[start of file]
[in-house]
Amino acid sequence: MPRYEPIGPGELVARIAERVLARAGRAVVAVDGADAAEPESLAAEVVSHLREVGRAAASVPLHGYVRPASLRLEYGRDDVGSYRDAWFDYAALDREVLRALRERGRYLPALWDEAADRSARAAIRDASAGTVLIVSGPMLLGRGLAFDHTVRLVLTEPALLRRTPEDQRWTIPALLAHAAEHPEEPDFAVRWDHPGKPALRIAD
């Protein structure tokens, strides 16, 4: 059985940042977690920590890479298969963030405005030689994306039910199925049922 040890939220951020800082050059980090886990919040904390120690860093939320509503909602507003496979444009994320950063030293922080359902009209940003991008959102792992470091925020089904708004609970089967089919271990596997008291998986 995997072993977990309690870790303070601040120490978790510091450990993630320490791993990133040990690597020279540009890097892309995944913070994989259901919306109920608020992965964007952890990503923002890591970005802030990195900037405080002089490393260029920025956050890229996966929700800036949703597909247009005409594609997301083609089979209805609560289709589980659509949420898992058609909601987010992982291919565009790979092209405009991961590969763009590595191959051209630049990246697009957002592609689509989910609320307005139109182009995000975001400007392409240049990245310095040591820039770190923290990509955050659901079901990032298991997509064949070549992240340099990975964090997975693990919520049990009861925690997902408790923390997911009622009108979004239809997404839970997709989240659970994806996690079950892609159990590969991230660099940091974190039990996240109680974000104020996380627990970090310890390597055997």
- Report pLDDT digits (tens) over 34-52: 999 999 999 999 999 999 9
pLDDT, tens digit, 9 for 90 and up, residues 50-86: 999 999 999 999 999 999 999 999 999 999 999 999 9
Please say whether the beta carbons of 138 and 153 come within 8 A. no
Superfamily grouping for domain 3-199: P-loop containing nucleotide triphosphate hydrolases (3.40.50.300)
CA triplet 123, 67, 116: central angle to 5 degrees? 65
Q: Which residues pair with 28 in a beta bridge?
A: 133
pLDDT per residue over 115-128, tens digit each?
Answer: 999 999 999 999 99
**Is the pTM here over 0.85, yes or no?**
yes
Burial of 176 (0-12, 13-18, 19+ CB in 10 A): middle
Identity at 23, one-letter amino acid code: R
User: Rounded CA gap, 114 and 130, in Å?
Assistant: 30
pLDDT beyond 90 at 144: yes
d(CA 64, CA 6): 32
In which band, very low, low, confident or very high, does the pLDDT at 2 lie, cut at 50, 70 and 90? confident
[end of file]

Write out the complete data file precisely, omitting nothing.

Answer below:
[in-house]
Amino acid sequence: MPRYEPIGPGELVARIAERVLARAGRAVVAVDGADAAEPESLAAEVVSHLREVGRAAASVPLHGYVRPASLRLEYGRDDVGSYRDAWFDYAALDREVLRALRERGRYLPALWDEAADRSARAAIRDASAGTVLIVSGPMLLGRGLAFDHTVRLVLTEPALLRRTPEDQRWTIPALLAHAAEHPEEPDFAVRWDHPGKPALRIAD
């Protein structure tokens, strides 16, 4: 059985940042977690920590890479298969963030405005030689994306039910199925049922 040890939220951020800082050059980090886990919040904390120690860093939320509503909602507003496979444009994320950063030293922080359902009209940003991008959102792992470091925020089904708004609970089967089919271990596997008291998986 995997072993977990309690870790303070601040120490978790510091450990993630320490791993990133040990690597020279540009890097892309995944913070994989259901919306109920608020992965964007952890990503923002890591970005802030990195900037405080002089490393260029920025956050890229996966929700800036949703597909247009005409594609997301083609089979209805609560289709589980659509949420898992058609909601987010992982291919565009790979092209405009991961590969763009590595191959051209630049990246697009957002592609689509989910609320307005139109182009995000975001400007392409240049990245310095040591820039770190923290990509955050659901079901990032298991997509064949070549992240340099990975964090997975693990919520049990009861925690997902408790923390997911009622009108979004239809997404839970997709989240659970994806996690079950892609159990590969991230660099940091974190039990996240109680974000104020996380627990970090310890390597055997």
- Report pLDDT digits (tens) over 34-52: 999 999 999 999 999 999 9
pLDDT, tens digit, 9 for 90 and up, residues 50-86: 999 999 999 999 999 999 999 999 999 999 999 999 9
Please say whether the beta carbons of 138 and 153 come within 8 A. no
Superfamily grouping for domain 3-199: P-loop containing nucleotide triphosphate hydrolases (3.40.50.300)
CA triplet 123, 67, 116: central angle to 5 degrees? 65
Q: Which residues pair with 28 in a beta bridge?
A: 133
pLDDT per residue over 115-128, tens digit each?
Answer: 999 999 999 999 99
**Is the pTM here over 0.85, yes or no?**
yes
Burial of 176 (0-12, 13-18, 19+ CB in 10 A): middle
Identity at 23, one-letter amino acid code: R
User: Rounded CA gap, 114 and 130, in Å?
Assistant: 30
pLDDT beyond 90 at 144: yes
d(CA 64, CA 6): 32
In which band, very low, low, confident or very high, does the pLDDT at 2 lie, cut at 50, 70 and 90? confident